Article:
Jack Halprin is a Google employee who bought a multi-unit dwelling in San Franscico and evicted the occupants. He's getting a roasting, as you can imagine. Here's Benjamin Wachs, writing as "Faux Jack Halprin" defending his decision.

What I'm trying to say is that, in a free society, some people make better choices than others, and we reward those people with the homes of their vanquished enemies. Some people, for example, choose to be teachers, and spend their lives teaching other people's kids things that they can Google for free. Naturally, we pay them very little money -- so little that they're practically homeless already. Frankly, I'm surprised that anyone even notices when I evict someone making under $150,000 a year. Honestly, how can you tell?

Then there are other people, like me, who make good decisions, becoming important parts of the companies that sponsor TED talks. Naturally, we pay these people what they're worth. Why am I so highly compensated? Well, if I weren't at the office every day, doing the work I do, the government wouldn't be nearly as good at spying on you.

The humor is brutal and crude in its villain-painting, but it's that last line that really stands out. The perception was the tech industry is a victim of domestic surveillance, but this perception has changed. Zuckerberg's affected outrage doesn't cut the mustard, whereas the "get with the program" nonchalance of hiring Condoleezza Rice just cuts.

To be seen as selfish, exacerbating a city's housing problems while abusing its public services, is one thing. But to be seen as the intelligence community's self-justifying handmaidens? If you're betting on public complacency and disinterest, it's worth remembering that this is a bet you won't be able to change mid-race.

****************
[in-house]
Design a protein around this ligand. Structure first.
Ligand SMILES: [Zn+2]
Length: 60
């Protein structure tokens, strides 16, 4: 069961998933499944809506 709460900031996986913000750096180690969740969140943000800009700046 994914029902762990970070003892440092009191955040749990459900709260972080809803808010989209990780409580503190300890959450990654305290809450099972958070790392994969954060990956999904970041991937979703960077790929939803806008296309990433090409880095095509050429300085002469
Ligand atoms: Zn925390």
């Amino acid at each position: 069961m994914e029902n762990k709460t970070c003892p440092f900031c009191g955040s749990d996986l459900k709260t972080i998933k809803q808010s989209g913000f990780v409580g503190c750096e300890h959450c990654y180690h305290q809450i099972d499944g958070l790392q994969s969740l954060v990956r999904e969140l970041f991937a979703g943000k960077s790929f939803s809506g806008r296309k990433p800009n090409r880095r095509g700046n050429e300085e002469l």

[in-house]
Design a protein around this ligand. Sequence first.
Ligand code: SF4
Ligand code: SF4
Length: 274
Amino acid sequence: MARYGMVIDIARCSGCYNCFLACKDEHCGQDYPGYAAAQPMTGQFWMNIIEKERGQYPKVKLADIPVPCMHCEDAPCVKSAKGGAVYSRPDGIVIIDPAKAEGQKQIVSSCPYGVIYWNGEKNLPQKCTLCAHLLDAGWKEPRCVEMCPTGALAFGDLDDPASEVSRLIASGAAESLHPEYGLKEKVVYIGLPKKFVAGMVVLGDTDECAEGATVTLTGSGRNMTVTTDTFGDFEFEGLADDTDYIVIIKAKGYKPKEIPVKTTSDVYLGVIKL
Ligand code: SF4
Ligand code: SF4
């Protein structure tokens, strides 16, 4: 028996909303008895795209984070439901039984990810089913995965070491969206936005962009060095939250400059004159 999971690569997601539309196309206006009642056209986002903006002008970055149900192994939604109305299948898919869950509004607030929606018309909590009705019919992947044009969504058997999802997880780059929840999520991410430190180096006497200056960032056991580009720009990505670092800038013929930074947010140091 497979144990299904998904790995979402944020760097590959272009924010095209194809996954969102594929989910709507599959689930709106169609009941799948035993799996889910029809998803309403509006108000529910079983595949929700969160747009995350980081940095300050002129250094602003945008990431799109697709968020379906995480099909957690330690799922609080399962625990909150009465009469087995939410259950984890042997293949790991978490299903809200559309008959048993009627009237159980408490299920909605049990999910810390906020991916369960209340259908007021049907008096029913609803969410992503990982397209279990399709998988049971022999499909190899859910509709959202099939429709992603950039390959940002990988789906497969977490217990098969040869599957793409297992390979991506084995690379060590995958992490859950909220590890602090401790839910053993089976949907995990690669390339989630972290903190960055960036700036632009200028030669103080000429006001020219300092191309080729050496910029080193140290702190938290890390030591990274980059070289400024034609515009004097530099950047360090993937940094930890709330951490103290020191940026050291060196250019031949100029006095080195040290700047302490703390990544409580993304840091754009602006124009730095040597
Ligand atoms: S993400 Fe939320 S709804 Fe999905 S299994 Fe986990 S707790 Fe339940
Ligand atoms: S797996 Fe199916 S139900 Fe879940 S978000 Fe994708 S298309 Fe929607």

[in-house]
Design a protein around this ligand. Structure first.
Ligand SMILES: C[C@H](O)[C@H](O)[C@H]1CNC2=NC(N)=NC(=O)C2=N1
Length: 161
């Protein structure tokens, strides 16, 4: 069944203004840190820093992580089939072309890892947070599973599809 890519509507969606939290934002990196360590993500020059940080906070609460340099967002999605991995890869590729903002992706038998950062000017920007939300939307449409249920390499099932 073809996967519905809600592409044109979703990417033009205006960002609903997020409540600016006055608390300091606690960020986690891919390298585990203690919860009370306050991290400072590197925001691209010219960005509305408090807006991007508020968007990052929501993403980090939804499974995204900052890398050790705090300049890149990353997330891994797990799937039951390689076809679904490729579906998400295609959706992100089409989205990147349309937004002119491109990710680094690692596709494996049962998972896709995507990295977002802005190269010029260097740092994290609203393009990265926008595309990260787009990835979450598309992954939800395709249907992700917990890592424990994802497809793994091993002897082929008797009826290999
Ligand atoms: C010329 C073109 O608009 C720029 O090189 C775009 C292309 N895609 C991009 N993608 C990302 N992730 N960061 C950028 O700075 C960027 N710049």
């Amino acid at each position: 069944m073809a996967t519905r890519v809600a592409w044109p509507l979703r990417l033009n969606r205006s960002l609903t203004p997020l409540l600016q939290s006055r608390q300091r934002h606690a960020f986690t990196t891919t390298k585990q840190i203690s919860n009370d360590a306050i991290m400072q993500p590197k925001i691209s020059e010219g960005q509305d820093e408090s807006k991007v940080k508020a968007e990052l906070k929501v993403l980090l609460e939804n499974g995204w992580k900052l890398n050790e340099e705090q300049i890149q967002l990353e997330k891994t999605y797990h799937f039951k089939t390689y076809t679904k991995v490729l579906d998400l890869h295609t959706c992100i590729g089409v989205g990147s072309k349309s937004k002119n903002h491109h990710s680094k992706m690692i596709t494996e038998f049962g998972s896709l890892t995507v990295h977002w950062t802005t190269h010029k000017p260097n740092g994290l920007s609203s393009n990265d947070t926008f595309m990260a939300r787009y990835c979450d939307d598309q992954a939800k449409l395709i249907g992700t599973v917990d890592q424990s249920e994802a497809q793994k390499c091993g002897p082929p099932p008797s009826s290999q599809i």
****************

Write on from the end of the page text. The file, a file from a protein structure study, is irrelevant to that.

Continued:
Japan copies, improves Western culture

Japan makes the best bourbon, denim and burgers, writes Tom Downey.
It’s easy to dismiss Japanese re-creations of foreign cultures as faddish and derivative—just other versions of the way that, for example, the new American hipster ideal of Brooklyn is clumsily copied everywhere from Paris to Bangkok. But the best examples of Japanese Americana don’t just replicate our culture. They strike out, on their own, into levels of appreciation and refinement rarely found in America. They give us an opportunity to consider our culture as refracted through a foreign and clarifying prism.
Jason Kottke points out that the same is true of coffee.

And it's not just stuff; consider Kazuo Ishiguro, who moved to England as a child and gained a startlingly clear view a particular kind of Englishness. These are all things that never truly existed until something new was inspired by the idea of them—a process as conservative as it is creative.

HOWTO equip your drug-dealing operation

Buy one part of the set--say, an AWS-100 digital scale--and Amazon's "what other customers bought" feature will tell you the rest you need. Alexis Madrigal:

Amazon clearly did not set out to create such a field-tested kit for starting an illicit business. But looking at the list of items, it sure seems like they've created a group of products by looking at the purchasing habits of people who may not be recording all of their incomes on W-2s and 1099s.

Buyer beware, seller aware.

Monkeys may sometimes grieve for dead mates through necrophilia


A still from the video of a marmoset exhibiting behavior that resembles human grieving.